A Coach Reviews The Lawyer’s Guide to Professional Coaching

At long last, the ABA has published a book about coaching for lawyers. As an attorney coach for almost a decade, I understand that many lawyers don’t even know that the option of coaching for their profession exists, let alone understand how coaches can help their careers. The publishing of this book by the ABA should enhance the credibility and popularity of lawyer coaching.

With those thoughts in mind, I eagerly sat down to read The Lawyer’s Guide to Professional Coaching, by Andrew Elowitt.

The Basics of Coaching

Elowitt does an excellent job providing an overview of the basics, including why a lawyer would need a coach, how coaching works, why coaching is more than a fad, and how to select a coach.

That said, much of the material covered in the book can be found on the websites of various lawyer coaches. Some of these sites convey information better than others, however, and some are certainly biased. Further, many lawyers are too busy to find the sites, assess their credibility and download the information they find there to create a useful and cohesive resource.

The Lawyer’s Guide saves time by gathering a wealth of information in one place. More important, the information is conveyed objectively. There is no need to read the book from cover to cover.  The topics are well-organized, so readers can focus on the sections most applicable to their current needs.

Distinguishing Coaches from Other Professionals

One chapter compares coaches to consultants, therapists and trainers – in almost too much detail. There certainly is confusion among clients, and among coaches themselves, regarding which types of issues are best handled by which kind of professional. The issues and methods do overlap. What matters most is that the professional believes he or she can help the client, can explain the appropriate strategy and tactics to the client, and can motivate behavior. The exact label of the professional is of no consequence.

For the most part, The Lawyer’s Guide does a good job addressing the broad range of relevant issues that surround coaching lawyers. However, there are a few exceptions.

Internal v. External Coaches

For example, in the section discussing internal versus external coaches, Elowitt omits a significant reason why external coaches can sometimes be more effective than internal ones. An internal coach will often be someone from a law firm’s marketing department. Given the power and political structure of most law firms, it can be extremely difficult for a marketing person to hold a senior lawyer accountable. In my experience, accountability is much easier for an external coach to achieve.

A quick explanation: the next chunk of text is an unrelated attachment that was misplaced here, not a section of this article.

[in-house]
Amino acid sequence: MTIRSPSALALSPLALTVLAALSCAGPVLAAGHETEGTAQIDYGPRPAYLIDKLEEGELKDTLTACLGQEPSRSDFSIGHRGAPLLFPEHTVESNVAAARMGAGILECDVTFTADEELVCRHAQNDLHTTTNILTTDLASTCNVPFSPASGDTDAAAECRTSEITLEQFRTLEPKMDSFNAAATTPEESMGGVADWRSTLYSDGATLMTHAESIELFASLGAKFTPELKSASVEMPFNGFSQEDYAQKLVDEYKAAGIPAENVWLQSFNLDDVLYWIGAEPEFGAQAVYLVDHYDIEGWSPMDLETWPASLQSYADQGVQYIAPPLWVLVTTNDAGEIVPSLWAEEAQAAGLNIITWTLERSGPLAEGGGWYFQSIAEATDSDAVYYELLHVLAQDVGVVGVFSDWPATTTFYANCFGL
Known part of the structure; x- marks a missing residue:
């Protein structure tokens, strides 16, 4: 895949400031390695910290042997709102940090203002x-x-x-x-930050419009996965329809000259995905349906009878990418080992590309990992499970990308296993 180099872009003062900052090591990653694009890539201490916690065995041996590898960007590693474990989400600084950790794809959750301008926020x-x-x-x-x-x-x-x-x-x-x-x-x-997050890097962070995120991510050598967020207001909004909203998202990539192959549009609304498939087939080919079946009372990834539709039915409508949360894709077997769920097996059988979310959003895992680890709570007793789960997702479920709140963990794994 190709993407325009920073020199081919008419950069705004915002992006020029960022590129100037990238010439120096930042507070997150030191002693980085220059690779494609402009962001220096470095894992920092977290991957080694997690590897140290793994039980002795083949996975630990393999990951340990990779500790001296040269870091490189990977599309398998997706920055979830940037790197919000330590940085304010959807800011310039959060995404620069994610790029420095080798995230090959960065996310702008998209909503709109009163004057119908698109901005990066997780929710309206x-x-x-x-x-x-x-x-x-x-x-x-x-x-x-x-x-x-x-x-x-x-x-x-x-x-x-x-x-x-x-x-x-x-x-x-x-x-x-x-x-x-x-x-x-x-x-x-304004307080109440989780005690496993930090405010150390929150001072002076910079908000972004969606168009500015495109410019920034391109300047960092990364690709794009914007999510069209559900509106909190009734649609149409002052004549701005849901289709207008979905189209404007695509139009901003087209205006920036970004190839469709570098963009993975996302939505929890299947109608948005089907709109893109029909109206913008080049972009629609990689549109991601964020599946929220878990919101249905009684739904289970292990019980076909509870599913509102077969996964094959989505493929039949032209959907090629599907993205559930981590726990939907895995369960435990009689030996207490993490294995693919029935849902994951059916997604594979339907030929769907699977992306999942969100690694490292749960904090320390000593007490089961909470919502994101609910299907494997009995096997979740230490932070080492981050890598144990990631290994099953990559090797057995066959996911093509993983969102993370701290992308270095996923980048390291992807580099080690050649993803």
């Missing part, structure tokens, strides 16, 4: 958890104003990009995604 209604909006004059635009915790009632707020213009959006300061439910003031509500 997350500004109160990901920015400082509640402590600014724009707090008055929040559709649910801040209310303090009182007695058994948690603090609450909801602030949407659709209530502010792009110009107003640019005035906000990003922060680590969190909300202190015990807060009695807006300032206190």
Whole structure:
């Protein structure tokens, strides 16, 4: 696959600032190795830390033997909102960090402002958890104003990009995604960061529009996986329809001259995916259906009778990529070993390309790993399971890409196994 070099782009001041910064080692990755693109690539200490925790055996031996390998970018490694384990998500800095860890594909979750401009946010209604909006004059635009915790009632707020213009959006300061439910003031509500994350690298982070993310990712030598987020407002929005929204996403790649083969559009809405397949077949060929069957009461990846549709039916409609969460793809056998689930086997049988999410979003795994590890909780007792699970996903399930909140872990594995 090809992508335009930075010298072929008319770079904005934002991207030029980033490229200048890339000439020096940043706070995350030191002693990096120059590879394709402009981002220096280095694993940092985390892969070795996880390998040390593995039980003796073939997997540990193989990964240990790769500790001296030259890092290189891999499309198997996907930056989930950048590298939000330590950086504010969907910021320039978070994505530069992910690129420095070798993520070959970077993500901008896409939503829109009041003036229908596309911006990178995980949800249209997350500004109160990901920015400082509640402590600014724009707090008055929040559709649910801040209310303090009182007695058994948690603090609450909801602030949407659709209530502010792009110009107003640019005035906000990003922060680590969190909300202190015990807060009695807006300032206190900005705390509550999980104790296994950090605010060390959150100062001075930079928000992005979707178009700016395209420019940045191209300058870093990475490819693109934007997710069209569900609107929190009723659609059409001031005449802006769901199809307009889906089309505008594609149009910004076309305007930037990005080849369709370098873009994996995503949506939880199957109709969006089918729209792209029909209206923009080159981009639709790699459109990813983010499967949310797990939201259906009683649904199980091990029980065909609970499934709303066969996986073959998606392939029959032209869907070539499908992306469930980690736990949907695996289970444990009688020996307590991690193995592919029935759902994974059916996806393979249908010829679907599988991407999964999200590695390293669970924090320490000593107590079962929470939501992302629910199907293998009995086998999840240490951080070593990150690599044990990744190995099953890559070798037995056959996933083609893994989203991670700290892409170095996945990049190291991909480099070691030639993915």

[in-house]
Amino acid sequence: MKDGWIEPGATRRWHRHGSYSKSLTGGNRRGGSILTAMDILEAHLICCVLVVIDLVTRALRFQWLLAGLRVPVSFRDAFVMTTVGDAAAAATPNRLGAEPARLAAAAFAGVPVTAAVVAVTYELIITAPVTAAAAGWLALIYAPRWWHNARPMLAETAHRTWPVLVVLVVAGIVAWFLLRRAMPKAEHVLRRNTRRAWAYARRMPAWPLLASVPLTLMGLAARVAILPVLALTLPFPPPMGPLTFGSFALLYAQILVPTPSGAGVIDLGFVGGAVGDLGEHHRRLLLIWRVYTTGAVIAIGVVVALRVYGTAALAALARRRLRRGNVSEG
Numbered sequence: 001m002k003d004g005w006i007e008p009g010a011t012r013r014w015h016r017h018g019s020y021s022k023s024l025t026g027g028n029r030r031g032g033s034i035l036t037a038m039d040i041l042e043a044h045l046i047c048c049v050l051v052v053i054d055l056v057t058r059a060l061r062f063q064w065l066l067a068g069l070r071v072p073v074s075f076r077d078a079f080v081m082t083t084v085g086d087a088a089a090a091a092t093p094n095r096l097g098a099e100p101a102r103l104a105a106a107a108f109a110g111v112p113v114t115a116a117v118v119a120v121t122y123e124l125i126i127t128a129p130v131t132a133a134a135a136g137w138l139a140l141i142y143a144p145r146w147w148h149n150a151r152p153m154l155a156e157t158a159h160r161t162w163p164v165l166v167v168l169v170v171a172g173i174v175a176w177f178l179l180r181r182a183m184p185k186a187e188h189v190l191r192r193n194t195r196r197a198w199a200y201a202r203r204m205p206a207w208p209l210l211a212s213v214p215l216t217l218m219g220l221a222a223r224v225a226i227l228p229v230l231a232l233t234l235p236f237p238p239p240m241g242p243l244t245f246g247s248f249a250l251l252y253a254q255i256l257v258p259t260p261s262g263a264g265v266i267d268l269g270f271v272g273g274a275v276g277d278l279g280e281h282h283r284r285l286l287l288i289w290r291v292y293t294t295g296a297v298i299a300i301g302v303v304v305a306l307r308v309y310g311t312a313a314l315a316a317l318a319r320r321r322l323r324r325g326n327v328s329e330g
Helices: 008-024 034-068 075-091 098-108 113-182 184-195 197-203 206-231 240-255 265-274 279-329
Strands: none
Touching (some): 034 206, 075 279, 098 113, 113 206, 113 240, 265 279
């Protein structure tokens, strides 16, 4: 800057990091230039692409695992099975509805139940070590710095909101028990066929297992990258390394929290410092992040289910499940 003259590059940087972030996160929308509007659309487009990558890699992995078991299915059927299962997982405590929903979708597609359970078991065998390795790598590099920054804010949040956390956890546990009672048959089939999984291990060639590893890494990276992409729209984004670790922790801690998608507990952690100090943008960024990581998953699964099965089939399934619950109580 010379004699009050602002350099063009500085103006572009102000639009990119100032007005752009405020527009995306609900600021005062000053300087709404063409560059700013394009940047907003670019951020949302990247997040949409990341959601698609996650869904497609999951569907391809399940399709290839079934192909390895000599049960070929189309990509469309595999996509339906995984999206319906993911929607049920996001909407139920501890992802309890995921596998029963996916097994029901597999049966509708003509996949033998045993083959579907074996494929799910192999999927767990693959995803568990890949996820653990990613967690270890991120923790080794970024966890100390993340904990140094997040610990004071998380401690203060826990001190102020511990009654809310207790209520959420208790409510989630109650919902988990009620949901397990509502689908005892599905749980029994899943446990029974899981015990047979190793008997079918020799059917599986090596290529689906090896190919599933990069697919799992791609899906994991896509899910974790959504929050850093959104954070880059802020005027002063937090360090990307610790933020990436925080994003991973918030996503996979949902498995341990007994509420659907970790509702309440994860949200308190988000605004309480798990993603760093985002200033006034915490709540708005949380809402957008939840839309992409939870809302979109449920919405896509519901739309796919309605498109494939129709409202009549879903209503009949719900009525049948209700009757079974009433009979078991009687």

Selecting a Coach

In the section on how to select a coach, Elowitt provides a considerable amount of valuable information. However, he does not elaborate on the comparative value of coaches who have actually practiced law versus those who have not. Prospective clients often ask me this question.

There are definite advantages when a coach is also an attorney. First, the coach may have personal experience with the issue and can speak the language. When a lawyer/client complains that drafting interrogatories is tedious and boring, or about the unique stresses of certain practice areas, as a lawyer, I know precisely what they are talking about.

Second, coaches who are lawyers frequently share some professional DNA with the lawyer being coached. Let’s face it; lawyers have distinct personalities. Research shows that most lawyers think and problem-solve in much the same way. This can be helpful, since the coach who is a lawyer will have a good grasp on the logic supporting the lawyer’s feelings about a particular issue.

That being said, sometimes a coach who is not a lawyer may be the better choice. When lawyers want out-of-the-box thinking, a coach without that lawyer DNA can often provide a valuable new perspective.

Who Should Buy This Book?

Despite these exceptions, it is my opinion as a fellow-coach that Elowitt catalogs and analyzes the subject of lawyer coaching from virtually every angle — and does it reasonably well. At $79.95, the book is a bit pricey.  However, for ABA members who belong to the LPM section, the price is just $47.95.

It is common knowledge that lawyers don’t want to be the first to do anything, but they don’t want to be the last either. Lawyers can benefit from coaching. This tool is becoming popular and will continue to increase in popularity as more attorneys understand what it is and how to appreciate its value. The Lawyers Guide to Professional Coaching is a huge step in the right direction.

Legal Careers

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  • http://lawyerist.com/author/samglover/ Sam Glover

    The ABA sure knows how to put ridiculous prices on books.

  • http://blog.simplejustice.us shg

    The book is irrelevant since only an idiot would spend $79.95 for it. That said, I get hung up when people decide to call themselves “professionals” when they’re not.

    Is there a required course of study? Is there a degree requirement? Is there a test of competence? Is there a statutory definition, setting forth authority and responsibility? Is there an enforceable code of ethics?

    Or do you get to be an “attorney coach” because you say you are on the interwebz?